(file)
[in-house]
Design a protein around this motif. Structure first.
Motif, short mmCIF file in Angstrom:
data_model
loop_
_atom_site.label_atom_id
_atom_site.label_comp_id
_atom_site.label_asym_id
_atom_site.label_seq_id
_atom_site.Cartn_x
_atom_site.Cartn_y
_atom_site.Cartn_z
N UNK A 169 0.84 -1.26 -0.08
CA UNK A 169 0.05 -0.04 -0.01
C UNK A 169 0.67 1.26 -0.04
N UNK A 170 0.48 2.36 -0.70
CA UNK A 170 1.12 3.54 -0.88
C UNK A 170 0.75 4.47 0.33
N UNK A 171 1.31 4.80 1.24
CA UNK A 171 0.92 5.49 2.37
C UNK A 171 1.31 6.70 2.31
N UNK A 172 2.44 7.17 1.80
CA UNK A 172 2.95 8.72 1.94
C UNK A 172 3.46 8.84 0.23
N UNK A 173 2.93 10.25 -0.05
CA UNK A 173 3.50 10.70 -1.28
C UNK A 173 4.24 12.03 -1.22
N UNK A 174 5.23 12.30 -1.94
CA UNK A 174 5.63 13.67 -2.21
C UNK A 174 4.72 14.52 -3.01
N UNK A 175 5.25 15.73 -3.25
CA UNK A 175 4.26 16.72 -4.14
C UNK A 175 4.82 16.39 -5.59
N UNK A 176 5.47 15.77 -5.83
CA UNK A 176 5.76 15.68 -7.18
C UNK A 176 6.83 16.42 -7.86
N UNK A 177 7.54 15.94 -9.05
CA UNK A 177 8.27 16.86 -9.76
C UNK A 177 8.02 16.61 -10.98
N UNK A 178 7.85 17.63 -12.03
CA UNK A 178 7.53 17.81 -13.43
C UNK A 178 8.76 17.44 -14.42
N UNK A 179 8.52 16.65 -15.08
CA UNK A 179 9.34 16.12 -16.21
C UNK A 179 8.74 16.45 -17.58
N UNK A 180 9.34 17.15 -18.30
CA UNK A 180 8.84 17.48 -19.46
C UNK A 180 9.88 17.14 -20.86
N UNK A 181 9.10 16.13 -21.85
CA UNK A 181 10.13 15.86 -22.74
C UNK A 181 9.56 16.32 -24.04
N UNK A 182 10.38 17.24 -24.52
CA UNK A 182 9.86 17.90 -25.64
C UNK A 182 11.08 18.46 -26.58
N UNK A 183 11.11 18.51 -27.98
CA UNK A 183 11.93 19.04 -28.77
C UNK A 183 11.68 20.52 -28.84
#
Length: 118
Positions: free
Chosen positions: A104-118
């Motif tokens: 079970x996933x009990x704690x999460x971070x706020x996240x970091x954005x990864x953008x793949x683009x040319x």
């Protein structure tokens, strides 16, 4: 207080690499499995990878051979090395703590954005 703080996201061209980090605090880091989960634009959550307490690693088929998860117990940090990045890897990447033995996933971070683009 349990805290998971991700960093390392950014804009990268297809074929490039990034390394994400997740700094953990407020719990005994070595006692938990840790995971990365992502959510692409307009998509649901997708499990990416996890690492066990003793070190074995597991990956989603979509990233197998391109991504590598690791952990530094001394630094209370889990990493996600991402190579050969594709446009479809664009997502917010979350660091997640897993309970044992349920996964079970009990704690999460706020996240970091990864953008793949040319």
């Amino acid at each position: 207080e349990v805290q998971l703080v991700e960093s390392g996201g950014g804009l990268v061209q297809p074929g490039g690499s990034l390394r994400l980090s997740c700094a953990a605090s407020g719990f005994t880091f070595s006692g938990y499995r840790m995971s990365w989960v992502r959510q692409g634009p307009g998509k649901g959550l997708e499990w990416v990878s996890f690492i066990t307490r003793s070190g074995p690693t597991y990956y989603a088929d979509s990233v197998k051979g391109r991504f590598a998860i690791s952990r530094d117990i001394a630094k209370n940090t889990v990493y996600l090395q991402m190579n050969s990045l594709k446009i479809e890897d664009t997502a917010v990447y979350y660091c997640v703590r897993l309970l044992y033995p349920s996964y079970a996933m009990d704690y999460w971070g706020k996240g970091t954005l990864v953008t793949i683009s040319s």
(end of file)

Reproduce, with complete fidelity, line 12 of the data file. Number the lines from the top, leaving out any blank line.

_atom_site.Cartn_z